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Onerous contracts are those where the costs to fulfill a contract exceed the consideration expected to be received under the contract. The revenue standard does not provide guidance on the accounting for onerous contracts or onerous performance obligations. US GAAP contains other applicable guidance on the accounting for onerous contracts, and those requirements should be used to identify and measure onerous contracts.

11.5.1 Onerous contract guidance

Reporting entities generally should not recognize a liability for anticipated losses on contracts prior to those losses being incurred unless required by specific guidance. The most common types of contracts for which specific guidance requires recording anticipated losses are construction-type and production-type contracts (refer to RR 11.5.2).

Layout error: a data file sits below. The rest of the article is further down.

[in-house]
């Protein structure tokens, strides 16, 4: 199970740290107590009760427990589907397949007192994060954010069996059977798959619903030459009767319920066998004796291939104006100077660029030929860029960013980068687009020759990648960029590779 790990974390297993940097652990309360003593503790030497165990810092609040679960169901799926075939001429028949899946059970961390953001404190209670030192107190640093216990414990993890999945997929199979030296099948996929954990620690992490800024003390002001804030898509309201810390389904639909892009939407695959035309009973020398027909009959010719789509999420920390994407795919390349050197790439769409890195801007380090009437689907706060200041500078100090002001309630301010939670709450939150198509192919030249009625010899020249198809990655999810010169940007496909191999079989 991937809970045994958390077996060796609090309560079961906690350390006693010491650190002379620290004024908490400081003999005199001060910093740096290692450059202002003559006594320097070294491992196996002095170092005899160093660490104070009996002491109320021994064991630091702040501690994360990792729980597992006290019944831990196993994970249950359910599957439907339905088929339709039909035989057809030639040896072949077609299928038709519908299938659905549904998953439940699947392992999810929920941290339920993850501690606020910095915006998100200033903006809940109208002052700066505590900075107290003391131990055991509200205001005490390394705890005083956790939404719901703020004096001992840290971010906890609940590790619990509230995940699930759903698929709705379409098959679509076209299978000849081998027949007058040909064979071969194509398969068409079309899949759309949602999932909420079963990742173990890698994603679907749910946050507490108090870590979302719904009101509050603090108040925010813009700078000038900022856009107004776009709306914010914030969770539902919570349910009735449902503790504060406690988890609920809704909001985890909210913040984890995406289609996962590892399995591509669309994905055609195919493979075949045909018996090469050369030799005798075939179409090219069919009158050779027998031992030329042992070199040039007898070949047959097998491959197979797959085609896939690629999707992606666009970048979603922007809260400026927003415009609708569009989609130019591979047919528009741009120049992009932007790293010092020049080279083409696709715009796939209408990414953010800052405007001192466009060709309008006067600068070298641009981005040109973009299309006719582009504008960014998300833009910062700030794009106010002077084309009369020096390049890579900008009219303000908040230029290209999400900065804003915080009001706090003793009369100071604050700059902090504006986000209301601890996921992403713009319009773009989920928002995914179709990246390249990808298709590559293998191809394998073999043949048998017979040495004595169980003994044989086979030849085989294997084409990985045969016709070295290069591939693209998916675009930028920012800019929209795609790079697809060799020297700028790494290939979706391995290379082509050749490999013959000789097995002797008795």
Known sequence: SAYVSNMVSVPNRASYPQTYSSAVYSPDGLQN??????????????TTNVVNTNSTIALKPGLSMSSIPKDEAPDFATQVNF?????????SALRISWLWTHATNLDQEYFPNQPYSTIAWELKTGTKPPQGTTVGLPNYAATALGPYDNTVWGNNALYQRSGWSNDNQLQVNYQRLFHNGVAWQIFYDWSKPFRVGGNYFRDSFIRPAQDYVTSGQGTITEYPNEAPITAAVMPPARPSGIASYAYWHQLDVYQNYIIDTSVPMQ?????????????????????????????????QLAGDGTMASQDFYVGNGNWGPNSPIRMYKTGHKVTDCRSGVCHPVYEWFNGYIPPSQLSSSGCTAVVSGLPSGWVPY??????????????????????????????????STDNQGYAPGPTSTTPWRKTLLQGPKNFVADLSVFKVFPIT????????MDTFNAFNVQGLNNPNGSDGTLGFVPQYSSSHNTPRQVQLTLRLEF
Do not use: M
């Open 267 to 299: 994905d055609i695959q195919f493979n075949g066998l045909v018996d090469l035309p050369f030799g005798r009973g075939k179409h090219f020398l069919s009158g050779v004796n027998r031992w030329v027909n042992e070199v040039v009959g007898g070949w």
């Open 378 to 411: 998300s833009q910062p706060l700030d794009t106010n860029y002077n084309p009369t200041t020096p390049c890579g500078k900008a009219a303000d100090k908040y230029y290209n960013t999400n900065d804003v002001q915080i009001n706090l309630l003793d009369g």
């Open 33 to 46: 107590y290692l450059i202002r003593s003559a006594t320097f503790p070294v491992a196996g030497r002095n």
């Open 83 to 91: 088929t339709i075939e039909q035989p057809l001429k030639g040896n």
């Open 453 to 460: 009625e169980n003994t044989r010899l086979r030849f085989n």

Other guidance that might permit or require the accrual of losses on uncompleted contracts include:
  • Separately priced extended warranty and product maintenance contracts subject to ASC 605-20-25-6, which requires a reporting entity to record an anticipated loss if the sum of expected costs to provide services under the contract exceed the related unearned revenue
  • Firm purchase commitments for inventory subject to ASC 330-10, which may require a reporting entity to recognize a loss based on an anticipated impairment of the inventory upon acquisition

11.5.2 Construction-type and production-type contracts

Reporting entities should apply ASC 605-35, Revenue Recognition—Provision for Losses on Construction-Type and Production-Type Contracts, to identify and measure provisions for losses on contracts subject to its scope. A reporting entity should not apply the guidance in ASC 605-35 to contracts other than those explicitly within its scope (refer to RR 11.5.3). That is, they should not apply the guidance to other contract types by analogy.


11.5.3 Contracts in the scope of ASC 605-35

ASC 605-35 provides a definition of contracts that are within scope of the guidance.

ASC 605-35-15-2

The guidance in this Subtopic applies to: